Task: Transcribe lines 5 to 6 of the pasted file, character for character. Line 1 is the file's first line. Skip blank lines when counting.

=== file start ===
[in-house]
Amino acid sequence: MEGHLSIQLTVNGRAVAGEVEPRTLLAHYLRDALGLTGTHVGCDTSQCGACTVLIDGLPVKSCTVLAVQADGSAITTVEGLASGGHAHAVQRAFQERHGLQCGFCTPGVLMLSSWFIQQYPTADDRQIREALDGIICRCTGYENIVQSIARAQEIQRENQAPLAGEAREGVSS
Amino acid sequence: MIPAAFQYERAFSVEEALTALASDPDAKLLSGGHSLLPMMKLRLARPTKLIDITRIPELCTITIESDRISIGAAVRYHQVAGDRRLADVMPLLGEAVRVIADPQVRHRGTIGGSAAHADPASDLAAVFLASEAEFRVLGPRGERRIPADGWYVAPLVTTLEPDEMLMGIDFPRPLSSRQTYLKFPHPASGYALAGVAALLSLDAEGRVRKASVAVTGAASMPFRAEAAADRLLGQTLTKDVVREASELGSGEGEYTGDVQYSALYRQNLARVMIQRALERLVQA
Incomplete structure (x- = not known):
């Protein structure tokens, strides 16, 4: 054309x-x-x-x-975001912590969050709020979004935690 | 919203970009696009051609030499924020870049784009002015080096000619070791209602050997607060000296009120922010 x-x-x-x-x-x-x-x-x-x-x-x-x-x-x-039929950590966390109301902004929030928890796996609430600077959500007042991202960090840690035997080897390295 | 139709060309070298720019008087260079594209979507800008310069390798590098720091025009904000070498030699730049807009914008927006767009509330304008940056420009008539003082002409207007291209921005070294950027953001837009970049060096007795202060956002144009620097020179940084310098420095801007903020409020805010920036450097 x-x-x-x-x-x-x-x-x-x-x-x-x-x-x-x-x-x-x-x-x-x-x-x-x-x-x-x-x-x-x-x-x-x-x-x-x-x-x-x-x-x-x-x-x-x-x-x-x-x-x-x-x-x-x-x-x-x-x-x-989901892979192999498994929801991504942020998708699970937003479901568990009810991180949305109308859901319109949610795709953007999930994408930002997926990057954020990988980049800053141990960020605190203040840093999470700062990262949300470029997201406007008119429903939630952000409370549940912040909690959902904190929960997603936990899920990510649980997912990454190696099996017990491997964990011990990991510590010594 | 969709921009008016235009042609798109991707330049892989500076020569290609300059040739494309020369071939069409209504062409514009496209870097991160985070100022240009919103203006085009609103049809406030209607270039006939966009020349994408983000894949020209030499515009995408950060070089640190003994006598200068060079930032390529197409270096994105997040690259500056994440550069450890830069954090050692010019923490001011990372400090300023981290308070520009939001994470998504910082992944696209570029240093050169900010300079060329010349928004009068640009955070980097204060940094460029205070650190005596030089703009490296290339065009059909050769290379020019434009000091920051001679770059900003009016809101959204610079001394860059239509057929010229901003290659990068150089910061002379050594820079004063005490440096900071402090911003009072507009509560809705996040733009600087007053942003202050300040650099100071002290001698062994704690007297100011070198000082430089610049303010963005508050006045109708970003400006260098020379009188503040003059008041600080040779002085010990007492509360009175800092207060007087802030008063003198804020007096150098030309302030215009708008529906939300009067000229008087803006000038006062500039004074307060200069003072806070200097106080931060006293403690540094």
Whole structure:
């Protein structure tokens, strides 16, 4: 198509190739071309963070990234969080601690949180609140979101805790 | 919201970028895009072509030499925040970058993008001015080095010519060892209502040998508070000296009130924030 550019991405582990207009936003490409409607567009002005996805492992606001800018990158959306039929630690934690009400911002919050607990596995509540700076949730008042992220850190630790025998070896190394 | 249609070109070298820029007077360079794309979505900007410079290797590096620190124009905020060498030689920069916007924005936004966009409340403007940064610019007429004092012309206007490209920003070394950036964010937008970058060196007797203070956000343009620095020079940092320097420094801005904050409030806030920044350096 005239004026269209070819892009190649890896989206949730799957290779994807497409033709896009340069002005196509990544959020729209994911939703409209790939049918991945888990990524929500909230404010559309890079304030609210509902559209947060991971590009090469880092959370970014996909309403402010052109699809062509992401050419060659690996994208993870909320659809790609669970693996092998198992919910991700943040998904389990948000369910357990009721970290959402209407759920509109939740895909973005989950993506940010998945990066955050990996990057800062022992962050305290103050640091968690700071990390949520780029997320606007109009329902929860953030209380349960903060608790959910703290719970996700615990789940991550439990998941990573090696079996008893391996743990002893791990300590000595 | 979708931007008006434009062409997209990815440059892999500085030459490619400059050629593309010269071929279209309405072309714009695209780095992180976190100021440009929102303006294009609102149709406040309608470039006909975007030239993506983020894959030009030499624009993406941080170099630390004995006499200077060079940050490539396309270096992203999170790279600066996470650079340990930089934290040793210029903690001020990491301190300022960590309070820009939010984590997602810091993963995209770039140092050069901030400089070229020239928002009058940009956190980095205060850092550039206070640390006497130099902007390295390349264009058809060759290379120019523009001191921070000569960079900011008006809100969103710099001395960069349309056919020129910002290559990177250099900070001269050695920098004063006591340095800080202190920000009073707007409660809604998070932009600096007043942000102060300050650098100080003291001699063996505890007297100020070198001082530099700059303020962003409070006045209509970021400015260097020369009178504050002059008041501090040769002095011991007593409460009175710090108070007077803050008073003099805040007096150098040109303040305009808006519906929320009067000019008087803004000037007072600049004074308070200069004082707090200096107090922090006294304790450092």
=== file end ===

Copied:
């Protein structure tokens, strides 16, 4: 054309x-x-x-x-975001912590969050709020979004935690 | 919203970009696009051609030499924020870049784009002015080096000619070791209602050997607060000296009120922010 x-x-x-x-x-x-x-x-x-x-x-x-x-x-x-039929950590966390109301902004929030928890796996609430600077959500007042991202960090840690035997080897390295 | 139709060309070298720019008087260079594209979507800008310069390798590098720091025009904000070498030699730049807009914008927006767009509330304008940056420009008539003082002409207007291209921005070294950027953001837009970049060096007795202060956002144009620097020179940084310098420095801007903020409020805010920036450097 x-x-x-x-x-x-x-x-x-x-x-x-x-x-x-x-x-x-x-x-x-x-x-x-x-x-x-x-x-x-x-x-x-x-x-x-x-x-x-x-x-x-x-x-x-x-x-x-x-x-x-x-x-x-x-x-x-x-x-x-989901892979192999498994929801991504942020998708699970937003479901568990009810991180949305109308859901319109949610795709953007999930994408930002997926990057954020990988980049800053141990960020605190203040840093999470700062990262949300470029997201406007008119429903939630952000409370549940912040909690959902904190929960997603936990899920990510649980997912990454190696099996017990491997964990011990990991510590010594 | 969709921009008016235009042609798109991707330049892989500076020569290609300059040739494309020369071939069409209504062409514009496209870097991160985070100022240009919103203006085009609103049809406030209607270039006939966009020349994408983000894949020209030499515009995408950060070089640190003994006598200068060079930032390529197409270096994105997040690259500056994440550069450890830069954090050692010019923490001011990372400090300023981290308070520009939001994470998504910082992944696209570029240093050169900010300079060329010349928004009068640009955070980097204060940094460029205070650190005596030089703009490296290339065009059909050769290379020019434009000091920051001679770059900003009016809101959204610079001394860059239509057929010229901003290659990068150089910061002379050594820079004063005490440096900071402090911003009072507009509560809705996040733009600087007053942003202050300040650099100071002290001698062994704690007297100011070198000082430089610049303010963005508050006045109708970003400006260098020379009188503040003059008041600080040779002085010990007492509360009175800092207060007087802030008063003198804020007096150098030309302030215009708008529906939300009067000229008087803006000038006062500039004074307060200069003072806070200097106080931060006293403690540094």
Whole structure: